Lady Gaga Loves Judas – What About Jesus?
Those of you who keep an eye on pop culture may have heard about a recent controversy stirred up by Lady Gaga. In a stroke of marketing genius, the world-famous pop star (and Madonna protégé) recently released her new single called “Judas,” just in time for Holy Week.
The song is written from the perspective of Mary Magdalene professing her love for Judas. From a biblical and historical standpoint, it is clearly a work of creative fiction. However, as songs often do, “Judas” seems to contain thinly veiled autobiographical elements. Lady Gaga sings, “Jesus is my virtue, Judas is the demon I cling to.”
When I read these lyrics, I couldn’t help but think of St. Paul’s words to the Romans, “I do not understand my own actions, for I do not do what I want, but I do the very thing I hate.”
This is not a concept that Christians are called to celebrate, as Lady Gaga seems to, reveling over and over, “I’m in love with Judas.” However, there is no question that Christians share in this universal struggle to resist temptation and sin. When we fall we are called to confess our sins. St. John assures us that when we do, God who is faithful and just, will forgive us our sins and cleanse us from all unrighteousness (I John 1.9).
This is much easier said than done.
When we sin, it can be very difficult to believe and accept the reality that God actually does love us and will forgive us. The devil loves to take our feelings of shame and unworthiness, and use them to draw us in to even further sin.
In “Judas”, Lady Gaga sings, “In the most biblical sense, I am beyond repentance.” When it comes to repentance, no one is ever beyond the point of no return; not in this life.
However, the very fact that this line appears in a song by a celebrity points us toward the truth hidden underneath the lie. Feeling “beyond repentance” is actually the sin of pride working under the guise of self-pity.
If I determine that I am beyond repentance — that I can no longer turn from my sin and be saved — then I am placing myself above God, saying that He does not have the capacity to love me, to forgive me, and to receive me back into His arms. No, we are the ones who put conditions on love, not God. We are the ones who, in our own shame and unworthiness feel that it would not be right and just for God to continue to love us. And while we may not blare out this sin in a song on MTV, we may still need to confront it in our own hearts.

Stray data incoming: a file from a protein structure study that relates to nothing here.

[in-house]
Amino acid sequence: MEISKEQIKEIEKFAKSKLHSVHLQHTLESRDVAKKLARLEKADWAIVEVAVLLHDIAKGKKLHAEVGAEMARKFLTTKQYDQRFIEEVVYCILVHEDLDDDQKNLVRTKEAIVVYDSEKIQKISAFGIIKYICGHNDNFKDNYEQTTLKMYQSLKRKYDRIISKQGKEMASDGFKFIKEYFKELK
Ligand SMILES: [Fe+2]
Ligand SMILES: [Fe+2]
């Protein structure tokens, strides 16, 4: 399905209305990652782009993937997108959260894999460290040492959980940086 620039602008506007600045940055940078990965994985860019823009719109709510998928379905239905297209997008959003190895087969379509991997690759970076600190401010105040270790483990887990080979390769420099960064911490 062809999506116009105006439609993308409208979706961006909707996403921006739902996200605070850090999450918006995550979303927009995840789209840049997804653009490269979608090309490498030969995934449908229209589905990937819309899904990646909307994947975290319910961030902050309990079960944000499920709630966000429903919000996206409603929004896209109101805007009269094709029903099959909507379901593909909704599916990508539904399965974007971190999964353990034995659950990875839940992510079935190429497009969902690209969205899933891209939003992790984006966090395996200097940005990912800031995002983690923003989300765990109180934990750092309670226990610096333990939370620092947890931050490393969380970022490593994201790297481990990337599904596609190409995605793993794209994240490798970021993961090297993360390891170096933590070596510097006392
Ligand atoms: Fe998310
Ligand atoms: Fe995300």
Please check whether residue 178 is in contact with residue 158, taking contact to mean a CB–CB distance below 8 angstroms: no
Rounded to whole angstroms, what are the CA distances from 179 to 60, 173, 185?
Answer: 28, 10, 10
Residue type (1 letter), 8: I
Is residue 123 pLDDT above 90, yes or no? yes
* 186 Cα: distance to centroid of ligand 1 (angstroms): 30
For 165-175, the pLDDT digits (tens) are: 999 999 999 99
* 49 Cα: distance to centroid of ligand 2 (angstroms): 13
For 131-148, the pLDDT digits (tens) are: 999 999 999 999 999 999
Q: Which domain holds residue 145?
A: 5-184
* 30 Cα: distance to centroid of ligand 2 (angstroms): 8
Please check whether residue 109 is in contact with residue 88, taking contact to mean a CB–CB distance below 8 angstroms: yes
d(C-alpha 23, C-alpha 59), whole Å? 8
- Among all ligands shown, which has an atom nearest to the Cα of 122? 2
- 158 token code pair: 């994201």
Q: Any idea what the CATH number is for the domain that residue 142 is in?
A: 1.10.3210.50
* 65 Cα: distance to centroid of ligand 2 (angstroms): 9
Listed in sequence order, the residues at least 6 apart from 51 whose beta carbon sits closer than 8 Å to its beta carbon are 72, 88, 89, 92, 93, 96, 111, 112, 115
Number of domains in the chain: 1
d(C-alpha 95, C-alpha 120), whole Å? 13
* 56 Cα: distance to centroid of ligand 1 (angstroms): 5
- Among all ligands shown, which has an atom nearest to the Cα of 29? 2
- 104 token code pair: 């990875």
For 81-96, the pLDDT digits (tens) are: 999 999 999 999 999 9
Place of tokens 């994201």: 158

The chorus of Lady Gaga’s song is simply, “I’m in love with Judas.” In a recent interview, the singer, whose given name is Stefani Germanotta, talked about what this song represents for her. She said, “‘Judas’ is about constantly walking toward the light in my life, always clutching on to the light – while peering towards the devil in the back.” For her, the character of Judas represents all the temptation, darkness, and evil that she is attracted to.
Please understand that I am in no way endorsing or promoting this song. Stefani is using the power of the gospel story to increase her personal fame. Indeed this notion of being in love with Judas has upset many Christians and religious leaders, which in turn has created quite a buzz about the song (which is all part of the marketing genius). I pray that Stefani accepts the reality that she is not beyond repentance; that Jesus loves her as much as he loves you and me; and that his love is stronger than the temptation of sin and the power of death.
Rather, in discussing the song, I am turning her move on its head – using her fame to illustrate the power of the gospel story.
Because I think this song provides the perfect opportunity to make the critical point that Jesus, in fact, also loves Judas.
Not, of course, in the sense that Lady Gaga means. In her song Judas represents temptation and darkness. But in truth Judas was a human being, just like you and me. And in truth, Jesus loved Judas with the very same love that he has for you and for me, for every human being.
It fact, it sounds kind of crazy, but it is actually in Jesus’ love for Judas that we are able to see clearly the very essence of God’s love for humanity; of what I would like to call True Love itself.